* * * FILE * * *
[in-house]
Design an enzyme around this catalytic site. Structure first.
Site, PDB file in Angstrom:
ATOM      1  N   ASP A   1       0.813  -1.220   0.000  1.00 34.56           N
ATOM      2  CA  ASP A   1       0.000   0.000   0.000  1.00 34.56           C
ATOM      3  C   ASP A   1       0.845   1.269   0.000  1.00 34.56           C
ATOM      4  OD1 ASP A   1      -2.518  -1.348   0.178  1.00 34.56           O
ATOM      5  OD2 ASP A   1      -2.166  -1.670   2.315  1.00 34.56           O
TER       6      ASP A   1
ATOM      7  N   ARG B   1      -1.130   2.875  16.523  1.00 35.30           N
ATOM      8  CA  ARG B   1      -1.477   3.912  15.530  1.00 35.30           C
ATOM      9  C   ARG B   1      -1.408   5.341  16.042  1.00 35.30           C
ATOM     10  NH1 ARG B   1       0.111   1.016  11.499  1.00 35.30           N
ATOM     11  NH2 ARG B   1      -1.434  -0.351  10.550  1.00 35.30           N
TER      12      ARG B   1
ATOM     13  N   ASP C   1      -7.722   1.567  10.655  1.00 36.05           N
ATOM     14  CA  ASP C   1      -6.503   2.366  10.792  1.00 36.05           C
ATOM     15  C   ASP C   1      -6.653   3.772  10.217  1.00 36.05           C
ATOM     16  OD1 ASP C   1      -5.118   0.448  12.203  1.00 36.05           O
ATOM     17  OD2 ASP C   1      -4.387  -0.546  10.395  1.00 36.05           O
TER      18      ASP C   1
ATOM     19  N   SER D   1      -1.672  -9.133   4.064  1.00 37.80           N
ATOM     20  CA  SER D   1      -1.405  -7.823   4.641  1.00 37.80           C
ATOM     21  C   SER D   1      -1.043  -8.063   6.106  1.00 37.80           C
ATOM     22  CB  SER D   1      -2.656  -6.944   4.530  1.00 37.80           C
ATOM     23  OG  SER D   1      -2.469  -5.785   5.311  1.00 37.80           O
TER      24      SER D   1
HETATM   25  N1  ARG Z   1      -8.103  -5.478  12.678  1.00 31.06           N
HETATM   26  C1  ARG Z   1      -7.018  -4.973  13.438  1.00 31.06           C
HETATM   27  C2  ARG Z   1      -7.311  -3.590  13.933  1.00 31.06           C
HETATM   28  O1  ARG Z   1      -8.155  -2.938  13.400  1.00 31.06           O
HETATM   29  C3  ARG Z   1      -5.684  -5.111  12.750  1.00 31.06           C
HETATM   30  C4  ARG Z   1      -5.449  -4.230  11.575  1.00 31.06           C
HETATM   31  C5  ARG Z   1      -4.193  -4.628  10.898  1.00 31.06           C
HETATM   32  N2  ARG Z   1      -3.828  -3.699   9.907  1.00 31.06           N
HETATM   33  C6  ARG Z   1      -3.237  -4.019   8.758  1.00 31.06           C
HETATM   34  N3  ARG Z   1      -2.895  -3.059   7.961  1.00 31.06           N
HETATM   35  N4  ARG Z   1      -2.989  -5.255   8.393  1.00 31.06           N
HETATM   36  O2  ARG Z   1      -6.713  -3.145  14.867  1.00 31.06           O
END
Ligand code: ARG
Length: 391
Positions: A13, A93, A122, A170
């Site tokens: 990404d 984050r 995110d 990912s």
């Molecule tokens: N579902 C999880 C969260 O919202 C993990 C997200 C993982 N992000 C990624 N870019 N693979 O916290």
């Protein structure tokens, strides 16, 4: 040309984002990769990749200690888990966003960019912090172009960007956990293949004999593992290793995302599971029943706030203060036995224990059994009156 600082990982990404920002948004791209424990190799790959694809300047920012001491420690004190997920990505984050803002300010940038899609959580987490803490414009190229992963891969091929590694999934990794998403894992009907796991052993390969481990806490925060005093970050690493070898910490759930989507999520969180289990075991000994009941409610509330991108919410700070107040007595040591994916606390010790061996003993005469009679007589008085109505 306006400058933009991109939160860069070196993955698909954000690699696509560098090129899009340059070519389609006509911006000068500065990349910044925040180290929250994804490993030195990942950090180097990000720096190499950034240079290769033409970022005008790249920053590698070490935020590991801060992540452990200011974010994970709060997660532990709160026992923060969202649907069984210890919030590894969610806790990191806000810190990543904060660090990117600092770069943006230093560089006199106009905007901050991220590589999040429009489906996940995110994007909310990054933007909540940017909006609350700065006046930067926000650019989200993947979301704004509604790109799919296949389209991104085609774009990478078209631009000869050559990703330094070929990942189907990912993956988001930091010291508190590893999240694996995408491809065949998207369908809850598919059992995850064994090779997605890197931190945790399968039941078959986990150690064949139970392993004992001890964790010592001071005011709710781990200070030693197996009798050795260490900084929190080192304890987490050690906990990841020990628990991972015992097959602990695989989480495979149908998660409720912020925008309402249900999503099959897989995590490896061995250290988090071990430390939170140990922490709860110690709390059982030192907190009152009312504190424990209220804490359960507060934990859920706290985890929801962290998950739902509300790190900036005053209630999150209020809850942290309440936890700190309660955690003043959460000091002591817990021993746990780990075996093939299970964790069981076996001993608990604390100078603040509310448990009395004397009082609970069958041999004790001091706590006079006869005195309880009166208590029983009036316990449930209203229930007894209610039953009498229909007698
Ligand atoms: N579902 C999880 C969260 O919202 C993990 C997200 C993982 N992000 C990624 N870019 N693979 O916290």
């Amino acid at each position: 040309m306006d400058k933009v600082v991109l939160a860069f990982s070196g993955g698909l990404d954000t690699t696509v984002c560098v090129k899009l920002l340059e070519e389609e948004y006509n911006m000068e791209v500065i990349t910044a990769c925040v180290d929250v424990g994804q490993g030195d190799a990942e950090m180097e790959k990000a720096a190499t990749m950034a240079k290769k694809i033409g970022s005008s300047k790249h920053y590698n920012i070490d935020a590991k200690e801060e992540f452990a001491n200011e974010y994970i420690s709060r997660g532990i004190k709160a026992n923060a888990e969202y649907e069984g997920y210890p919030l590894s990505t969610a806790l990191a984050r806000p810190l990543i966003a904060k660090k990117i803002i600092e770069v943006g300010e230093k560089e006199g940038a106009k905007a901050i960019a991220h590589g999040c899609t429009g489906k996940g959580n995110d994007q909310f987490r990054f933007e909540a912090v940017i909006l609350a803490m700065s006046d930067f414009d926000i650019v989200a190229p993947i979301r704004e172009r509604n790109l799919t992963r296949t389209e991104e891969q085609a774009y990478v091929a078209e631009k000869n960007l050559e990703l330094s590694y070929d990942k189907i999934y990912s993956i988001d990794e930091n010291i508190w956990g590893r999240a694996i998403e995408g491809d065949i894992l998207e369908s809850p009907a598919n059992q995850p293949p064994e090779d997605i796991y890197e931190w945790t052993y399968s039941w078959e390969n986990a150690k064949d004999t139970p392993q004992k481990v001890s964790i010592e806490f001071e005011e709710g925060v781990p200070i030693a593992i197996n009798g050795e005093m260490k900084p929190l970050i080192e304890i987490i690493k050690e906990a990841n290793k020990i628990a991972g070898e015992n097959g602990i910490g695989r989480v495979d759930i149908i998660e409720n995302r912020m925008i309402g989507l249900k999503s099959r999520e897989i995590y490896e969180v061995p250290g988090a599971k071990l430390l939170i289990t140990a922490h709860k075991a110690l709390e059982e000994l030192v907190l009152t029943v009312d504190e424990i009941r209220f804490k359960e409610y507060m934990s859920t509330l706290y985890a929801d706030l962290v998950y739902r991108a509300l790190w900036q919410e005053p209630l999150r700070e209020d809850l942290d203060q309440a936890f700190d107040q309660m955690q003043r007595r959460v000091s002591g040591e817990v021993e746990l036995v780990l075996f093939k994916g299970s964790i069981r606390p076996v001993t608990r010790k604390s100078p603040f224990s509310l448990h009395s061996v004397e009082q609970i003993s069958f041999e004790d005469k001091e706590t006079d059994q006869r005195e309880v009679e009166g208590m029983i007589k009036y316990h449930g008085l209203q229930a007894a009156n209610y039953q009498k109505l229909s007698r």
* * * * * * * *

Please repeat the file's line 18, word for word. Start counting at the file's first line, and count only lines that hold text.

ATOM     15  C   ASP C   1      -6.653   3.772  10.217  1.00 36.05           C